According To Study, Half Of Adults Who Think They Have Food Allergies Actually Don’t
You can probably name multiple people you know off the top of your head who have a food allergy. Heck, maybe it’s even you who’s allergic to something. However, according to a recent study, half of adults who think they have a food allergy are actually mistaken.
According to research published in the medical journal JAMA Network Open, almost one in five adults in the United States believe they’re allergic to at least one food, but only one in 10 adults actually has an allergy. “These findings suggest that it is crucial that adults with suspected food allergy receive appropriate confirmatory testing and counselling to ensure food is not unnecessarily avoided and quality of life is not unduly impaired,” wrote the authors of the study.
“While we found that one in 10 adults have a food allergy, nearly twice as many adults think that they are allergic to foods, while their symptoms may suggest food intolerance or other food-related conditions,” said Dr. Ruchi Gupta, professor at Northwestern University Feinberg School of Medicine and one of the study’s lead authors. The most common allergies in the study, diagnosed or not, were shellfish, milk, peanuts, tree nuts, and fin fish.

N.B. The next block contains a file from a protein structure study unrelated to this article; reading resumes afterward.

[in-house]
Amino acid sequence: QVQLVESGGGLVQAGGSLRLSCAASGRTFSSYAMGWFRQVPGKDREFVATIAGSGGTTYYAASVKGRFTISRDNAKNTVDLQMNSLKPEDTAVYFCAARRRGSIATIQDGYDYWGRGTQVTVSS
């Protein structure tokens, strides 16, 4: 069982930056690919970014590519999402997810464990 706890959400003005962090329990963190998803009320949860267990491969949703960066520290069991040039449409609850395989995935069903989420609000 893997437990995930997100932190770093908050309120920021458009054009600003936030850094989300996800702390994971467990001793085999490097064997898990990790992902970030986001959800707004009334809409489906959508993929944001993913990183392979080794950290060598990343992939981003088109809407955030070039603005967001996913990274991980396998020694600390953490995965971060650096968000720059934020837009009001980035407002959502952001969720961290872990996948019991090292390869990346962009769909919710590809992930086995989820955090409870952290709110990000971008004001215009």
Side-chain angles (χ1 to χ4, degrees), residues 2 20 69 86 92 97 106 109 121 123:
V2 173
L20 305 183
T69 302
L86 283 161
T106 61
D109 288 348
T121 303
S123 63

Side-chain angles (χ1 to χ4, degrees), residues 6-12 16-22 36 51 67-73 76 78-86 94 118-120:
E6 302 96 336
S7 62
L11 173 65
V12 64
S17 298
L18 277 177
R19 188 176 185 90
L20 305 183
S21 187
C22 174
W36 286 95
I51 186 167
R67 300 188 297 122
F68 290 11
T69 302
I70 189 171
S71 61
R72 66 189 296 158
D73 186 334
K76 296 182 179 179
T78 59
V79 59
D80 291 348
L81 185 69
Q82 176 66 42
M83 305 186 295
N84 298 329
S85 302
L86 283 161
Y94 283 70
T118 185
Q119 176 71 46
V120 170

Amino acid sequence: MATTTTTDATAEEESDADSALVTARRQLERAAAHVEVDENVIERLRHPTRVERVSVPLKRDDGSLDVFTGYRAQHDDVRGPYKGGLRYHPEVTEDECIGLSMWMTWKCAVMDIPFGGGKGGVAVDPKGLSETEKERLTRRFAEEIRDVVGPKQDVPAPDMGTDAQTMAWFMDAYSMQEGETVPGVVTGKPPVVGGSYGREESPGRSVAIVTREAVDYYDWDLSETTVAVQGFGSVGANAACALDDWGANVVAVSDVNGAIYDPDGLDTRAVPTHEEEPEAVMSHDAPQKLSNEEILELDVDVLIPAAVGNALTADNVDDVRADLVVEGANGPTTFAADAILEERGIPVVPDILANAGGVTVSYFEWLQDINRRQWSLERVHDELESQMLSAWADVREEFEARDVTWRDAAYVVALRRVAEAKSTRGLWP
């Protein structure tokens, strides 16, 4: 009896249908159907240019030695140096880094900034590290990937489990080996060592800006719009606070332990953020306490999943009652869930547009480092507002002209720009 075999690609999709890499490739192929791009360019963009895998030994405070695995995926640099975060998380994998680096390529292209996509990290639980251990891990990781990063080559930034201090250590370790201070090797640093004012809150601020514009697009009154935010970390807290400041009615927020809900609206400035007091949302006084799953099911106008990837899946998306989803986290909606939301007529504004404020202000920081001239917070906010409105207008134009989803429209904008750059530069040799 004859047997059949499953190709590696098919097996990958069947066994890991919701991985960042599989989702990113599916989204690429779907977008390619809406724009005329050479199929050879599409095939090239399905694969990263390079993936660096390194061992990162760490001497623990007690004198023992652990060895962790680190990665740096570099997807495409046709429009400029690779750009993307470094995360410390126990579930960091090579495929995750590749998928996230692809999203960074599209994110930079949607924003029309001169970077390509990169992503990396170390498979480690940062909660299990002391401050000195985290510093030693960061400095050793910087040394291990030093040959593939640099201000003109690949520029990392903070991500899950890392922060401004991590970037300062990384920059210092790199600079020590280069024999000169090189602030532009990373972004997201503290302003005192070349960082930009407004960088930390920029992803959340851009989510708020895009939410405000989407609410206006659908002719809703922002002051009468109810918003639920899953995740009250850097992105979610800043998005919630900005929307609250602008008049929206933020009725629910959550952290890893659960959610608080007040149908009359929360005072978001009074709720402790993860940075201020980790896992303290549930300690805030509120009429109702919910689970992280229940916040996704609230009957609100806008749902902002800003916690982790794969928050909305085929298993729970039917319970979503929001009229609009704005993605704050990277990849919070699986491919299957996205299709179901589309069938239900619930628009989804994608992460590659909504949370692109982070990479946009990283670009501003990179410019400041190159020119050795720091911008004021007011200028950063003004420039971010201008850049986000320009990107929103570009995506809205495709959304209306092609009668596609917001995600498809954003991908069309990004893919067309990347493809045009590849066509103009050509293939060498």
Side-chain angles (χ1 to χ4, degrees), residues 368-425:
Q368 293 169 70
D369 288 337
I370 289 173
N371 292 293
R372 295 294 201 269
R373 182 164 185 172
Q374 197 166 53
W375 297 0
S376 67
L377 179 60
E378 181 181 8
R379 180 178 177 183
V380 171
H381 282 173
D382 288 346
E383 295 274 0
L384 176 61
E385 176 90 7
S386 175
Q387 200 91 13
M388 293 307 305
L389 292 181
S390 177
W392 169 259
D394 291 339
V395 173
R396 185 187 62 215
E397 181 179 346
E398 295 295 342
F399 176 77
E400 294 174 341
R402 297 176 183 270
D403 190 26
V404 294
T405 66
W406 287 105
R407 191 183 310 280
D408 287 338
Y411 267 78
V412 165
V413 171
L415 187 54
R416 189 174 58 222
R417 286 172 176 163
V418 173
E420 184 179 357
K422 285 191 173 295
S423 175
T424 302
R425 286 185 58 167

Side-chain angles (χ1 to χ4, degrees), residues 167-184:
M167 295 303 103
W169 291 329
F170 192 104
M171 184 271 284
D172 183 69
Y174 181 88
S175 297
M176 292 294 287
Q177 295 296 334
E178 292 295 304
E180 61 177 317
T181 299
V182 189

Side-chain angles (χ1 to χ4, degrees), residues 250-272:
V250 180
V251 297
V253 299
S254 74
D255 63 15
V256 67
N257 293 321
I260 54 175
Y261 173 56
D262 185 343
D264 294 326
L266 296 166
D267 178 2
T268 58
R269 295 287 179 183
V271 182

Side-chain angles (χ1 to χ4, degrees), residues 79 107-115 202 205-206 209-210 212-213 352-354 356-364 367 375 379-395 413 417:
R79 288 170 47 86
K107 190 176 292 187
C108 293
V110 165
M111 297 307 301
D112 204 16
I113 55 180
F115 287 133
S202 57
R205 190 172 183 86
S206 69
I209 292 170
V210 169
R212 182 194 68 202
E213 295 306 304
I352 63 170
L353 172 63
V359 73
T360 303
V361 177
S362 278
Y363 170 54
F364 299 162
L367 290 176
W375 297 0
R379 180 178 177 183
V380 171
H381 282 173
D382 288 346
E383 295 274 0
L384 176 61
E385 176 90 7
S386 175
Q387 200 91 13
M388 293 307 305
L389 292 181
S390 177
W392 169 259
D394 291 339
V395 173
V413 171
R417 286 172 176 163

Among those people with allergies, only half of the study’s participants said their allergy was confirmed by a physician, and less than a quarter of participants said they had a prescription for an EpiPen. “The results of our study suggest that adults need to be encouraged to see their physicians to receive proper diagnosis, epinephrine prescription, and counselling for their food allergy,” concluded the study’s authors.